The world’s biggest country, in a magazine. Since 1956.
Tuesday, January 20, 2009
This appeared in the Dec 18 issue of USN&WR:
"Why not get ahead of the geopolitical curve and study Russian? Though it has never been a top foreign language among American students, Russian did grow in popularity during the Cold War. And the wealth of Russian history and literature has always made learning the tongue rewarding enough for many. Now, a resurgent and more nationalistic (though post-communist) Russia is again doing some muscle flexing, albeit much more modestly than in the past. American students currently rank Russian eighth on a list of foreign languages that interest them. But with Russia widely pegged as a re-emerging great powerâ??and taking a tough line against a range of American policiesâ??mastering the tongue of the Kremlin could well come to regain some cachet. And, if not, you still could read Dostoevski in the original form, not to mention order a vodka in Moscow with a certain grace."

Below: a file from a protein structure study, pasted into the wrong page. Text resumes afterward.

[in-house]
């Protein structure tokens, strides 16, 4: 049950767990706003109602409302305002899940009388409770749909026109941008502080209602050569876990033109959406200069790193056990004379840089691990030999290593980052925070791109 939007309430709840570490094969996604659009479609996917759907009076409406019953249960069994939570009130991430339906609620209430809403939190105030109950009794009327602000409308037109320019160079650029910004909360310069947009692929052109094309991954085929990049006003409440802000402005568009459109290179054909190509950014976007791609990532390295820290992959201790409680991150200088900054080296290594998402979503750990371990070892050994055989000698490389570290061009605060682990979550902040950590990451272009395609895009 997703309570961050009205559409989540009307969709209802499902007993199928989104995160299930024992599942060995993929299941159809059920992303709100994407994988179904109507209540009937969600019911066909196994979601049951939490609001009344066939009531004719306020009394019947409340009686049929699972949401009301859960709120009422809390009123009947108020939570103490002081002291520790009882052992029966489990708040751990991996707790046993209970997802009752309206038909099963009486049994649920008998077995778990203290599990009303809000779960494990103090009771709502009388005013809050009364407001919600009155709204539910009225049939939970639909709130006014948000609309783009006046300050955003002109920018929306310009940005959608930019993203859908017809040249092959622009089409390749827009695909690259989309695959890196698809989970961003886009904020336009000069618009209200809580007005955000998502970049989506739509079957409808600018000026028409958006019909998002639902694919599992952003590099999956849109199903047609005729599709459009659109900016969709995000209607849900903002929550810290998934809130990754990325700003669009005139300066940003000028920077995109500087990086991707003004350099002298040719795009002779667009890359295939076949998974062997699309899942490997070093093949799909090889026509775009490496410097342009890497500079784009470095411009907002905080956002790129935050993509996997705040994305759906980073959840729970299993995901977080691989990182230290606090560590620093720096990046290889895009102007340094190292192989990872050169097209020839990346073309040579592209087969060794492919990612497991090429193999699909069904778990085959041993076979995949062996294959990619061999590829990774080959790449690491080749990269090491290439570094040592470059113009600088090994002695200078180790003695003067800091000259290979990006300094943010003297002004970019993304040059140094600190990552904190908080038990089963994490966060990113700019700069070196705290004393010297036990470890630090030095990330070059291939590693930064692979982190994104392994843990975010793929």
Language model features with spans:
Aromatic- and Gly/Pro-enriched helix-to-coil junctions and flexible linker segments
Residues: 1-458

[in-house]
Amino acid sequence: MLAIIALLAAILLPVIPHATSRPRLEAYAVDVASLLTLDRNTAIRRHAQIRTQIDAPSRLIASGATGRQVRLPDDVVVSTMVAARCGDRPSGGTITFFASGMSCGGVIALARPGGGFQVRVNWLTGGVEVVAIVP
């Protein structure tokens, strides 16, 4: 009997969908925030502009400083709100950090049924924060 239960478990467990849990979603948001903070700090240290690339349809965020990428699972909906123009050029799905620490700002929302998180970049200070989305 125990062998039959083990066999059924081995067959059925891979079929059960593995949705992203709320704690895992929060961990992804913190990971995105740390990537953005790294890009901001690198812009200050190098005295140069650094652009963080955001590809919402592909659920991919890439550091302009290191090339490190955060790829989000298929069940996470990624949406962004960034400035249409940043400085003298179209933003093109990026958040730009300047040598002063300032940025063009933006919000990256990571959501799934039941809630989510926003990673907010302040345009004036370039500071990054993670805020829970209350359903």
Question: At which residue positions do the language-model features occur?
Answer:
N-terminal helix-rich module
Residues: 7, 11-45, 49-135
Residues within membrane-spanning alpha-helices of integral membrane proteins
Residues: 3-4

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After just 22 years of independence, in 1940 Estonia was overrun by Soviet troops. The Estonian Socialist Republic was set up in the wake of th Molotov-Ribbentrop Pact, in violation of nearly all existing legislation. And Stalinism's evils had the Estonians, just a year later, greeting German invaders with open arms. But trading one totalitarian dictator for another didn't solve the problem.
Everyone in the Soviet Union knew his songs, despite constant censorship and troubles with the Soviet regime. To this day, any Russian will recognize his raspy singing voice and silly falsetto. But what was the great Vladimir Vysotsky like in person?Read More
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